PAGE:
If you win the Powerball, your dreams may indeed come true. But you will be thrust headlong into a public relations nightmare.
Given that the odds of winning are one in 292 million—even greater if you don’t have a ticket—chances are you won’t experience this particular nightmare. But since everyone who has a ticket is a potential winner, listen up: Unless you live in Delaware, Kansas, Maryland, North Dakota, Ohio, or South Carolina, by law, you must be identified as a winner. And that’s when the ticket hits the fan.
Once you’re photographed holding that big check, you will be amazed at the number of relatives, friends, business associates, classmates, co-workers, and pen pals who will descend on you with their mouths running and their hands open.
Not only will you be subject to the wants of others you’ll be engulfed in your own impulses to indulge freely and even to do good.
Here’s some sound advice: Turn off your phone, lock the door, and check those impulses. Now get:
- A lawyer.
- A financial advisor.
- A public relations professional.
It should be obvious why you need a lawyer and a financial advisor. It may not be so clear why you need a PR professional. After all, you’re still you, right? You’re not going to let $1.5 billion turn you into the Jolie-Pitts, are you?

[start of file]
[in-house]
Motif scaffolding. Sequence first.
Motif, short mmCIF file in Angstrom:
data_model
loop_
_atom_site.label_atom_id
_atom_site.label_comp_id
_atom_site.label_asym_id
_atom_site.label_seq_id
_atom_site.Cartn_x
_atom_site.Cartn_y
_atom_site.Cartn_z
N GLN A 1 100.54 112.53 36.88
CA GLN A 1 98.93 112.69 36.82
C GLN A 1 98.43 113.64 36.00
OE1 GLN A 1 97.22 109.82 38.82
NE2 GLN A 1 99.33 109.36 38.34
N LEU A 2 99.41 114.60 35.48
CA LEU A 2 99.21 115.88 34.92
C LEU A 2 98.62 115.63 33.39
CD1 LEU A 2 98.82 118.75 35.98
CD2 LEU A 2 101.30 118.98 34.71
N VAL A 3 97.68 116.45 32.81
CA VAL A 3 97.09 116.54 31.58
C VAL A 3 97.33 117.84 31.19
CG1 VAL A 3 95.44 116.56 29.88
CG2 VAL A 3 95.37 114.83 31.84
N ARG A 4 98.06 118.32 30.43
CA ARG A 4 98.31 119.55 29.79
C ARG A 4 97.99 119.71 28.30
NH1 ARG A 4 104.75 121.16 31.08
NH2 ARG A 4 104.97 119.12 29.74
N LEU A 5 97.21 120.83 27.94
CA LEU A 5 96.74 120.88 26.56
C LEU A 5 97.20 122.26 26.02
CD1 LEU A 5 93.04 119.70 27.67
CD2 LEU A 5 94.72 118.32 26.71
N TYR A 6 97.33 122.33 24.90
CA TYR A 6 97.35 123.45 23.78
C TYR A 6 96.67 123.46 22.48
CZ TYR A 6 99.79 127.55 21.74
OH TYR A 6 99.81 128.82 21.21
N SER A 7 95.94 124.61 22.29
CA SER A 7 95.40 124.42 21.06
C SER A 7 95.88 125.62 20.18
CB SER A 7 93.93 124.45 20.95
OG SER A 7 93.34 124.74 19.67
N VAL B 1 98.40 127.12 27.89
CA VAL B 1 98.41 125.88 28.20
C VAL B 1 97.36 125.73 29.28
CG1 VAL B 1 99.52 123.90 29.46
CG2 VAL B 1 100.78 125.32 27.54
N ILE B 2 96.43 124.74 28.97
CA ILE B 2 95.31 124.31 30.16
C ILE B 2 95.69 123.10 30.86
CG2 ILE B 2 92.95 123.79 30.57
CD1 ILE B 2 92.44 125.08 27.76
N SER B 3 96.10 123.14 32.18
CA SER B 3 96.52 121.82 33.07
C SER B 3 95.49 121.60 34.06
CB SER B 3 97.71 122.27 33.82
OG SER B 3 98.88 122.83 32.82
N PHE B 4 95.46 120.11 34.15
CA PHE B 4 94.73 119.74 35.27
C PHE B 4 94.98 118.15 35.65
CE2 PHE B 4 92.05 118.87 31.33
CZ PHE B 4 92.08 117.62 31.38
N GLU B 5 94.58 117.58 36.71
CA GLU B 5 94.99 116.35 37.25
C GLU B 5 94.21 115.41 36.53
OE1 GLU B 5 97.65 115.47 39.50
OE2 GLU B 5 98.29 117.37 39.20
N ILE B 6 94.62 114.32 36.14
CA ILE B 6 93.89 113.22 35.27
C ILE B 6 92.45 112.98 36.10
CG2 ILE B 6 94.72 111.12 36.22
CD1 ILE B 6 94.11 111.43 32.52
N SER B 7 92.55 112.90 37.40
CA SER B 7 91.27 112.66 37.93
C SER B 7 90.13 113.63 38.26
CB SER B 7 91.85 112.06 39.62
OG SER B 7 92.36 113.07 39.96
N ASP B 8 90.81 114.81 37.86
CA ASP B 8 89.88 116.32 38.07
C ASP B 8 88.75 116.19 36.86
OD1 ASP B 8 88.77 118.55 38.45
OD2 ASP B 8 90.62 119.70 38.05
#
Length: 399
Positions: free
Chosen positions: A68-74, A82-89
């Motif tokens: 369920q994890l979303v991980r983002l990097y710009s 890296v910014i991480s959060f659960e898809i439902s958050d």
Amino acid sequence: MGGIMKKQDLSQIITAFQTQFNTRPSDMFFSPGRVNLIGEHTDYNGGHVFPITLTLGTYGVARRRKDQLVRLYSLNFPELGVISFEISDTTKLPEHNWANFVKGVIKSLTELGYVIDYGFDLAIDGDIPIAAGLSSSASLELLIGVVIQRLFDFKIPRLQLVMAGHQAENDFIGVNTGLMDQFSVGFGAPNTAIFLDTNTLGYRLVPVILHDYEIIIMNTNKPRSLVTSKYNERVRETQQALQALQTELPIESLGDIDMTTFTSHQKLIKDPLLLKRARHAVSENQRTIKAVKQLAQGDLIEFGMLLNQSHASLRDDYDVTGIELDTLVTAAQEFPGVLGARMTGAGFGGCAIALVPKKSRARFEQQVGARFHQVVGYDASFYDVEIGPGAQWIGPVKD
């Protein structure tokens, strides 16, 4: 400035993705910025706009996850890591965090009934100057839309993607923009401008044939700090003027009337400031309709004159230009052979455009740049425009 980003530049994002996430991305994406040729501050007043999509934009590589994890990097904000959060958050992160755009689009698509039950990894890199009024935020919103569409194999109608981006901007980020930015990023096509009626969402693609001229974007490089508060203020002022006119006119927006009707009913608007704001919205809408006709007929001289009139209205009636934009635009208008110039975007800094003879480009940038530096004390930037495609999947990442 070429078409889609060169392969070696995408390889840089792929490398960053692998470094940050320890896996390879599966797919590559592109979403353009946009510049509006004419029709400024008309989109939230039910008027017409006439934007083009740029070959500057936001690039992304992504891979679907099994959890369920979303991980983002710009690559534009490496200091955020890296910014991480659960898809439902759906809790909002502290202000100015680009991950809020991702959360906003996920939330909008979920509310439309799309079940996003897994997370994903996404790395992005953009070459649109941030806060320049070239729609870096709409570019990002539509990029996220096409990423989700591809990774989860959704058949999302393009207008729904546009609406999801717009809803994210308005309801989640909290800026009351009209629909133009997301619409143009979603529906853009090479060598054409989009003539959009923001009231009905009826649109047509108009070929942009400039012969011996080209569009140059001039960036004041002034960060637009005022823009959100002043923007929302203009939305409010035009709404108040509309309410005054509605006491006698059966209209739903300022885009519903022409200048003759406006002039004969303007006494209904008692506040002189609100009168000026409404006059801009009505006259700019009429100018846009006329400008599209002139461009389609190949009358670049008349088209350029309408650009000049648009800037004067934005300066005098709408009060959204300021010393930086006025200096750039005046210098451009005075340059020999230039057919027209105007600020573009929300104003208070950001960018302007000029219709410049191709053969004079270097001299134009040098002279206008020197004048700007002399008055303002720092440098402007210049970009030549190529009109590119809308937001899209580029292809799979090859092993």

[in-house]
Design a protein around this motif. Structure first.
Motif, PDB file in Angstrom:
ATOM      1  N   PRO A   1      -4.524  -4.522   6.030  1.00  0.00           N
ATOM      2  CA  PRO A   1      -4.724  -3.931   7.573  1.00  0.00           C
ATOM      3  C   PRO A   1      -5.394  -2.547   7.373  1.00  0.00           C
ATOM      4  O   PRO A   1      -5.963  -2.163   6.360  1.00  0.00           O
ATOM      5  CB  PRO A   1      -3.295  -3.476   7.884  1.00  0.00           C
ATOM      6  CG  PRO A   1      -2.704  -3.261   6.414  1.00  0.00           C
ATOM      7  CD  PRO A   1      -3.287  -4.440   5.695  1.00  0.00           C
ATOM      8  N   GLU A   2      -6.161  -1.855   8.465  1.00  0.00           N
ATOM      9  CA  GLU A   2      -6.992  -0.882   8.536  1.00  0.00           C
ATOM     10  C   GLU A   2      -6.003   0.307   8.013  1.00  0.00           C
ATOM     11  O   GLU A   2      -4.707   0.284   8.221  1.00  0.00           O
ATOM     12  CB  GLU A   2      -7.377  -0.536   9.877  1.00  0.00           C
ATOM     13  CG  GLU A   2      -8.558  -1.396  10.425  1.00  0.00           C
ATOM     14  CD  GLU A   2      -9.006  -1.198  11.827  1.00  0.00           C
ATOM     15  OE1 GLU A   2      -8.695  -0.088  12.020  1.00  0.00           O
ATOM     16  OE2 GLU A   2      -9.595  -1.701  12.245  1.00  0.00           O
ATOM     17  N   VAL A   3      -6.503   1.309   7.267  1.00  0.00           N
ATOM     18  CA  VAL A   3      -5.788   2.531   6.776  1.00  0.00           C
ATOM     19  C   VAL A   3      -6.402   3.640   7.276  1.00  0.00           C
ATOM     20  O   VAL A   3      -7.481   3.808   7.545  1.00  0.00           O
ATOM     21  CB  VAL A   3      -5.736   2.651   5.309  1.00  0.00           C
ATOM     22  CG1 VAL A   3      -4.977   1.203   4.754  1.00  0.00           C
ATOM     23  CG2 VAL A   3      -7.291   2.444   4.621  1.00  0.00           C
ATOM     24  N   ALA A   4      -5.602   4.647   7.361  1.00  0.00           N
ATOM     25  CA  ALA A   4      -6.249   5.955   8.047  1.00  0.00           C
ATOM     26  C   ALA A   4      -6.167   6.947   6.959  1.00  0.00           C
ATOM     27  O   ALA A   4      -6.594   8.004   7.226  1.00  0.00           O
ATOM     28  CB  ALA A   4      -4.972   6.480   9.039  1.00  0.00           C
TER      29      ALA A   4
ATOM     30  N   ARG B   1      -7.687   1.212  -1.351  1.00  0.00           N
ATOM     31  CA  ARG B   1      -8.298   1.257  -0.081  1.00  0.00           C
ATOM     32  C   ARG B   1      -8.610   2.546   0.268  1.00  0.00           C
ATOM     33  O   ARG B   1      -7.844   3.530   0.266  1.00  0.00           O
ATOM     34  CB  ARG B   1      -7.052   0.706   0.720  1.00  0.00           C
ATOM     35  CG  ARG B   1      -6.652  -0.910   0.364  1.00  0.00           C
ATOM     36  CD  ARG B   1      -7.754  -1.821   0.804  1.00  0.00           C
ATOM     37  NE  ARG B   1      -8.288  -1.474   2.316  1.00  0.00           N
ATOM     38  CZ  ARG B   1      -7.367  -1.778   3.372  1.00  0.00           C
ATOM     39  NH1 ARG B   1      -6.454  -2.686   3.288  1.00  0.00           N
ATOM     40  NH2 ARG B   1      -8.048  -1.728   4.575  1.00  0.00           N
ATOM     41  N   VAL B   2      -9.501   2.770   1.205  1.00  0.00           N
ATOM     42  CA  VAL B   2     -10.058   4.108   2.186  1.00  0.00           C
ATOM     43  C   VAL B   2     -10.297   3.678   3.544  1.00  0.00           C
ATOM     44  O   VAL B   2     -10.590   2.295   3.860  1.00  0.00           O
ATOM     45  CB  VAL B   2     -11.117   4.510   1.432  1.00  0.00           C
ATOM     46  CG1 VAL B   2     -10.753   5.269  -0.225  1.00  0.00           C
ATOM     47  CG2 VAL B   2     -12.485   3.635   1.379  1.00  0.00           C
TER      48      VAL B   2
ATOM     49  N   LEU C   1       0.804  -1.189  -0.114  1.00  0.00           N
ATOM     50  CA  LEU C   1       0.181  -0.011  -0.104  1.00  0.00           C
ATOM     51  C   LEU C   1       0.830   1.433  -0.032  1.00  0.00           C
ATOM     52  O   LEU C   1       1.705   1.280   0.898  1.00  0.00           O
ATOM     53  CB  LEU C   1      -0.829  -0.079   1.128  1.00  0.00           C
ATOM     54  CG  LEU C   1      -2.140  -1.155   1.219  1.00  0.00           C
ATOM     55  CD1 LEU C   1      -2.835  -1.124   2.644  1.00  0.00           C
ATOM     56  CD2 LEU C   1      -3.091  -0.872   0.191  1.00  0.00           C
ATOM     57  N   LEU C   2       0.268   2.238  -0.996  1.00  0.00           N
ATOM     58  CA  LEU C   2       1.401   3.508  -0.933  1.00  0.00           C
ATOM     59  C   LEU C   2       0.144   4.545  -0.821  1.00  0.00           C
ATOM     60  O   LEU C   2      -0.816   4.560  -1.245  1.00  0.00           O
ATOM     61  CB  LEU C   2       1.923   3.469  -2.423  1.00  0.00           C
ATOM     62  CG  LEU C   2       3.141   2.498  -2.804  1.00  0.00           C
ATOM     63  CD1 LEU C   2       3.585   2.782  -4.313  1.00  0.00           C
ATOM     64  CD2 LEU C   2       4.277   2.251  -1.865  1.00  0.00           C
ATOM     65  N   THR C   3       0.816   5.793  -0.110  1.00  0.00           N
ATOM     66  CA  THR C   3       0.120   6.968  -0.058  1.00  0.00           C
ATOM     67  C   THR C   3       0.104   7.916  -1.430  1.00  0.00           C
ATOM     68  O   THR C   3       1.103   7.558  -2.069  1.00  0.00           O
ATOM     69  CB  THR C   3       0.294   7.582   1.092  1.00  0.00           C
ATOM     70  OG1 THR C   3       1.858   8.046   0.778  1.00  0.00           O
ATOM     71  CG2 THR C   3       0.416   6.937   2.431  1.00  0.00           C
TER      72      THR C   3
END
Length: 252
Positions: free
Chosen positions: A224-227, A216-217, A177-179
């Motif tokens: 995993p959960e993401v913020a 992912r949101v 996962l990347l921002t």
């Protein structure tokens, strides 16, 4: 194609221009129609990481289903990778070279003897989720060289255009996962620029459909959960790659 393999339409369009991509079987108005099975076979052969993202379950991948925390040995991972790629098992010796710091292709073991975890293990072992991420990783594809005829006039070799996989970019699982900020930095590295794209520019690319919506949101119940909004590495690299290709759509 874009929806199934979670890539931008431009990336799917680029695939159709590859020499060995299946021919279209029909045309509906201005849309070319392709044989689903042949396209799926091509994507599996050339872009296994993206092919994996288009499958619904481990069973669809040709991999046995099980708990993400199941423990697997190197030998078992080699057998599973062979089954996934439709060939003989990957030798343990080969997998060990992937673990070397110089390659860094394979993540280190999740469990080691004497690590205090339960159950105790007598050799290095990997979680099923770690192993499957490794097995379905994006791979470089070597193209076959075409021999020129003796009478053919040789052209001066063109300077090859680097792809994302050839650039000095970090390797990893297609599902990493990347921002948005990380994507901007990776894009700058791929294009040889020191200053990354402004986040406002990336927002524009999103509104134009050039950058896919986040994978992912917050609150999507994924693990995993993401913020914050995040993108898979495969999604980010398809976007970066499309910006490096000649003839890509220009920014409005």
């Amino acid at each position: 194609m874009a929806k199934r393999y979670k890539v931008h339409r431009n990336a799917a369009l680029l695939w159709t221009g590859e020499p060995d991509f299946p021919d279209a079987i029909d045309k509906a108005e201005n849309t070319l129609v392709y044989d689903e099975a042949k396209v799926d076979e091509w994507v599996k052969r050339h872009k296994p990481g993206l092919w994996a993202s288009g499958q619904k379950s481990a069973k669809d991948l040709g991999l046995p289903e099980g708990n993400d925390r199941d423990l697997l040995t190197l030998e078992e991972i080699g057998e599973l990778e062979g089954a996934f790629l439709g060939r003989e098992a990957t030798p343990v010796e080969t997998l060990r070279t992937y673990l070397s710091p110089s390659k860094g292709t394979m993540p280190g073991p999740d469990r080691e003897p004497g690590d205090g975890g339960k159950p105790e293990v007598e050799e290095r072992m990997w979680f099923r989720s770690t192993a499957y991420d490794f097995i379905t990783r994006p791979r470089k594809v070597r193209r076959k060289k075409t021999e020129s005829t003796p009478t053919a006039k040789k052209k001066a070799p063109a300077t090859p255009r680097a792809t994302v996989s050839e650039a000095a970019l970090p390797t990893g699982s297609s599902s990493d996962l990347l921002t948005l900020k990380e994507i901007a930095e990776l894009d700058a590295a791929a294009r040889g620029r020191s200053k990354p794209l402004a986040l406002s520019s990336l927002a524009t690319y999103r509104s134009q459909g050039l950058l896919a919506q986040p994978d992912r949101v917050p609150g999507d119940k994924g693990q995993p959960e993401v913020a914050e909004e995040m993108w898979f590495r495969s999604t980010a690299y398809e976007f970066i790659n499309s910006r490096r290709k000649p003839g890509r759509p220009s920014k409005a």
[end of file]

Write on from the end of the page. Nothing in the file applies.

In truth, you’re no longer you. You are a billionaire. (Although, if you take the lottery’s lump sum, you’re only a multi-millionaire.)
Ever since the first lottery was issued to build the Great Wall of China, people of modest means have sought instant riches. When they get them, their lives change. Not always in a good way. Google “Lottery winner nightmares” and see what you get.
Once you’re identified as the winner of the largest lottery in world history, you are a target and you need a gatekeeper. And unless your brother-in-law is a PR professional, this is not a job for a well-meaning relative. A PR professional will look out for your best interests and have the expertise and resources to deal with the media storm.
Every media outlet in your town, your state, and many from across the country and the world will want to talk to you. Now. There will be hundreds, maybe thousands of requests. Ever seen a satellite truck farm? You will.
Statistically, millionaires don’t buy lottery tickets. CEOs who are used to media scrutiny don’t buy lottery tickets. Regular work-a-day Joes and Janes buy lottery tickets. In fact, investigations of lotteries are underway to determine if the poor are disproportionately targeted by lotteries.
The people who win lotteries are not used to publicity. This won’t be like winning a flat screen in the Rotary raffle that gets your photo in the local weekly. This kind of publicity will knock your world off its axis. Are you ready for your close-up on Good Morning America? Will you be comfortable having your entire life picked apart in cyberspace? In print? On television? By anyone with a Twitter handle?
We’ve all fantasized about unlimited wealth, about being famous, about being so rich we could give money to all our friends and favorite charities. But very few of us are prepared for the demands and immediate attention that something like this can drop on our heads.
The odds of winning are high. The odds of living happily ever after don’t have to be as high. If you are the one in 292 million, be smart. A PR professional will help you. You can take that to the bank.